Because I write books, of course I wish more people would read them. But I write fiction, and this morning, after seeing a plethora of fearful social media posts as well as the New York Times's trepidatious headline about Bernie Sanders's New Hampshire primary win ("Tightens Grip on Party's Liberal Wing"), my wish is that people would read more nonfiction.
Because, unless the books are the fabrication of a good ghost writer (i.e., The Art of the Deal, now disavowed by repentant ghostwriter Tony Schwartz), people tend to expose who they really are when they write.
Since the 2016 election, I have read a lot of political books:
In A Higher Loyalty, former head of the FBI James Comey came across as thoughtful and introspective . . . with a fatal flaw that turned off his self-analysis talent: blind righteousness when it came to his decision to talk about an ongoing investigation, despite the fact that it was against FBI policy.
In Hillary Clinton's post-mortem, What Happened, she is warm, funny, dedicated, smart, and unbelievably oblivious when she dismisses, with one line, the Democratic National Committee's rigging of the primaries—because it was legal, albeit completely unethical. She gives not one thought to all the people who felt betrayed to find out what really happened in that instance. It is the same oblivion that allowed her to condemn "deplorables" and promise unemployment for coal miners. For a smart and usually ridiculously controlled person, she could be incredibly flippant.
I like Comey and Clinton—a lot. I understand flaws and have plenty of them. I don't believe either one of them wants anything other than the best for this country, but they have blind spots—a similar tendency to instantly dismiss what they disagree with.
I can't quite make the connection between this and our current widely supported president who not only fabricates a reality when he is displeased with facts, but believes he can change the law at his whim, and, as of late, is being enabled in this by the Justice Department and an attorney general who acts as his personal lawyer. I can't put my finger on the connection between this and the problems of Comey and Clinton, but it seems to me this kind of arrogant oblivion is an escalation of oblivion that is borne when we—all of us—make decisions based on fear: we see things in black and white; we want to be safe so we choose a con man who promises that; we desire a quick fix and perhaps throwing a sledge hammer into our system will accomplish that; or perhaps electing an angry man who demeans others with impunity somehow gives people who are similarly angry a feeling of power. I don't know. And actually it does not matter.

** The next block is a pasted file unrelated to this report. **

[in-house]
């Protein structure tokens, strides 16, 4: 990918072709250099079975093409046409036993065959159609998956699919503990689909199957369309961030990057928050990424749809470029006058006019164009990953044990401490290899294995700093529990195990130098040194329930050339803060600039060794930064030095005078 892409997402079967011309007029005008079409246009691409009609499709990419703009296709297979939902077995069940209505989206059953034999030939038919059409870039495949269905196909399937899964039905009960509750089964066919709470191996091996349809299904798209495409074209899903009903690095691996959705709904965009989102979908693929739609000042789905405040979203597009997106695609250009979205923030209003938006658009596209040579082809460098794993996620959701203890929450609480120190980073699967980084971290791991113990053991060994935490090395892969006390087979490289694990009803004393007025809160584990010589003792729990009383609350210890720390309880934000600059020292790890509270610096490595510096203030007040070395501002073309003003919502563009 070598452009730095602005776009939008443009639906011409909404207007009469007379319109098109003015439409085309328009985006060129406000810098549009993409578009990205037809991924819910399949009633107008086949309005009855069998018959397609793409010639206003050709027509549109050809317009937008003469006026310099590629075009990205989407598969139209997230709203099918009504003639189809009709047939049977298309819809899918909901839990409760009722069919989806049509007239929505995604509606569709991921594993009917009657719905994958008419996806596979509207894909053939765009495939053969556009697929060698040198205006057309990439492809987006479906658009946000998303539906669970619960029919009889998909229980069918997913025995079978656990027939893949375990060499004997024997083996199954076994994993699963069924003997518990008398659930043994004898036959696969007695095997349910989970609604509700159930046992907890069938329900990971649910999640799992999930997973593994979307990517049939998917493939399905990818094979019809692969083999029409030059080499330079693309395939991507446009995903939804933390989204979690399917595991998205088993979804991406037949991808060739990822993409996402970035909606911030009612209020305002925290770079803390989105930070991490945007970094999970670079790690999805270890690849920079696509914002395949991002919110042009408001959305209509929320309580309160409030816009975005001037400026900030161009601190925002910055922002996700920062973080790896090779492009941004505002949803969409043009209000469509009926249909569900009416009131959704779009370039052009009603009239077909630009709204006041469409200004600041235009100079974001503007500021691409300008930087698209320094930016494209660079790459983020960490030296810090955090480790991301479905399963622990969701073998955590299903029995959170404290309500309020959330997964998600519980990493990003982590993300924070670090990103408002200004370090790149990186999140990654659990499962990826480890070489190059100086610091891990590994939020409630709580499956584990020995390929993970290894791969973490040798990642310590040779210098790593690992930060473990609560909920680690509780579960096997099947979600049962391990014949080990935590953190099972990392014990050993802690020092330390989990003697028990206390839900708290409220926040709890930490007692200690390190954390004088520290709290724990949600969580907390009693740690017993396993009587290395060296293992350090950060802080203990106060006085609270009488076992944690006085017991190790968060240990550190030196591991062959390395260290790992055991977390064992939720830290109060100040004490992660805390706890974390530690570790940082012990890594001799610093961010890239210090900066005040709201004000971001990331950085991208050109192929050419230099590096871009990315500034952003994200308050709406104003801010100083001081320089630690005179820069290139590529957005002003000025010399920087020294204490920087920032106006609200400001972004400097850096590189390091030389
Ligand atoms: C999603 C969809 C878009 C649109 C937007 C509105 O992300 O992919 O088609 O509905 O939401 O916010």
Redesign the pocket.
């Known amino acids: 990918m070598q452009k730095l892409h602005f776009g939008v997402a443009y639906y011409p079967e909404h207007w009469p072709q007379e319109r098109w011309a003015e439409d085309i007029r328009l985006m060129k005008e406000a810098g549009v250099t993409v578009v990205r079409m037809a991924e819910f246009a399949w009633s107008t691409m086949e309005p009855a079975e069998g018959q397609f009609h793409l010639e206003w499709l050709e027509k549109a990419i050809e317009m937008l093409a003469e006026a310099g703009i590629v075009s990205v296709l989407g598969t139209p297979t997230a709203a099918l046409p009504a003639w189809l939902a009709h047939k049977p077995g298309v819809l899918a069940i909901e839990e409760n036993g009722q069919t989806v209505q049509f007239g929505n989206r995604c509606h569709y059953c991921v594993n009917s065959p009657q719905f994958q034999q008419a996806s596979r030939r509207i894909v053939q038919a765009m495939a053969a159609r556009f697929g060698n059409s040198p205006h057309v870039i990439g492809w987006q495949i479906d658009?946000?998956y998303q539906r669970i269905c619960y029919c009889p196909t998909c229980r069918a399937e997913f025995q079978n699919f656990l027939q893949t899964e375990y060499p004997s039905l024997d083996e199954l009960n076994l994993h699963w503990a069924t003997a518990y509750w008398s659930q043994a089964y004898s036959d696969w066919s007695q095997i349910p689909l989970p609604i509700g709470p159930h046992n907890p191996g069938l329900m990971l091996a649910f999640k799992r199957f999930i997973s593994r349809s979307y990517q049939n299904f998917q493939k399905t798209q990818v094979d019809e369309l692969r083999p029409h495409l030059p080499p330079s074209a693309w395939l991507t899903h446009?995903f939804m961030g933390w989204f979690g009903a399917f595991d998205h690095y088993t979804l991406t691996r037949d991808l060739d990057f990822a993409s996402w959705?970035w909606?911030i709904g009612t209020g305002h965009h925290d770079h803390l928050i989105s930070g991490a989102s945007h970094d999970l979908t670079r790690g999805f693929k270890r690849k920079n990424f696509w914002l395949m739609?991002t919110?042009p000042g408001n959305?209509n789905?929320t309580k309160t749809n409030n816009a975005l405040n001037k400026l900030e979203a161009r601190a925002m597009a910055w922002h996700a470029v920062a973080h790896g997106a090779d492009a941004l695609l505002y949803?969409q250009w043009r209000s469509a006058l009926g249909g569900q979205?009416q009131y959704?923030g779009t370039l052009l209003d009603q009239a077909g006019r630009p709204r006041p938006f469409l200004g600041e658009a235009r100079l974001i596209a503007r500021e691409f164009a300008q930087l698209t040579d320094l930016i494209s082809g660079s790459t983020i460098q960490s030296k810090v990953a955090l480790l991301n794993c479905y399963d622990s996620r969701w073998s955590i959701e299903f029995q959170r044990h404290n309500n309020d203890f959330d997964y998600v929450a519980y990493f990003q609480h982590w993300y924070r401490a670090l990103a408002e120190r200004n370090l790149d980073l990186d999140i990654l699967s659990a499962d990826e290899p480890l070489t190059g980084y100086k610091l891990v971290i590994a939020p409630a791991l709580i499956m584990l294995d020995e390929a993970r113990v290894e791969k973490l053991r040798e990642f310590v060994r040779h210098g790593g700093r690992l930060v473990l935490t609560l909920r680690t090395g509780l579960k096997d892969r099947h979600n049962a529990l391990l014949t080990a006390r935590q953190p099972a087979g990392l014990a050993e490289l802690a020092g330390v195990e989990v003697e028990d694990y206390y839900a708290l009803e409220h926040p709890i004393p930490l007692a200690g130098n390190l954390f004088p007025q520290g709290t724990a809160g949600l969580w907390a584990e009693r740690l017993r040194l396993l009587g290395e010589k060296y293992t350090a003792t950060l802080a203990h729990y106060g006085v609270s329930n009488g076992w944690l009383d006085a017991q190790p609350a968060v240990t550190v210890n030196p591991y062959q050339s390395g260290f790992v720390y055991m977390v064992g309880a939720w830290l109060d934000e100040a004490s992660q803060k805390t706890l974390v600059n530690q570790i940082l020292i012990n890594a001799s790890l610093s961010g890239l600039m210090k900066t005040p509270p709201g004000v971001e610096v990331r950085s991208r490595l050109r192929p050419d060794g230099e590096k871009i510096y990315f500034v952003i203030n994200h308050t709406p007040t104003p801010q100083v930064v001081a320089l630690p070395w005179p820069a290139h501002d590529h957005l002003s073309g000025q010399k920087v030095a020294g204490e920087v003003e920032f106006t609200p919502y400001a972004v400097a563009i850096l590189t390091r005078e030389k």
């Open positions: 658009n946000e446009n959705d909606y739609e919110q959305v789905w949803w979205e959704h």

But if we the people continue to make decisions or decide what we fear according to uninformed emotional reactions, fear of the unknown, and the fearmongering of social media, our democracy is lost.
In addition to the Comey and Clinton books, I have read Bernie Sanders's Our Revolution. And I have a very hard time believing that most people—people who want the right to do their best in a fair system—would have any problem with Sanders if they took the time to read his ideas. And certainly they would not be afraid of the label Democratic Socialism. It merely means that we have a system where people—all people—can thrive. There is so much in his book that is comforting and educative. Oh how I wish anyone who spouts unbased fear would take a look.
My first choice this year is Elizabeth Warren. After reading This Fight Is Our Fight, I had no question that she was the right person for our time: she has a compassionate and detailed understanding of how we got to where we are and how to fix it. She understands the correlations between where we live, access to education, and the economy.
I read a book by a conservative a few months ago: Love Your Enemies: How Decent People Can Save America from the Culture of Contempt by social scientist Arthur C. Brooks. In it he says that people want dignity—all of us. And honestly, I think all the Democratic candidates are smart, caring, and dedicated to service and the dignity of all people. So I wish anyone who is afraid would read a book and find out the truth about people before they condemn them because of ill-founded fear.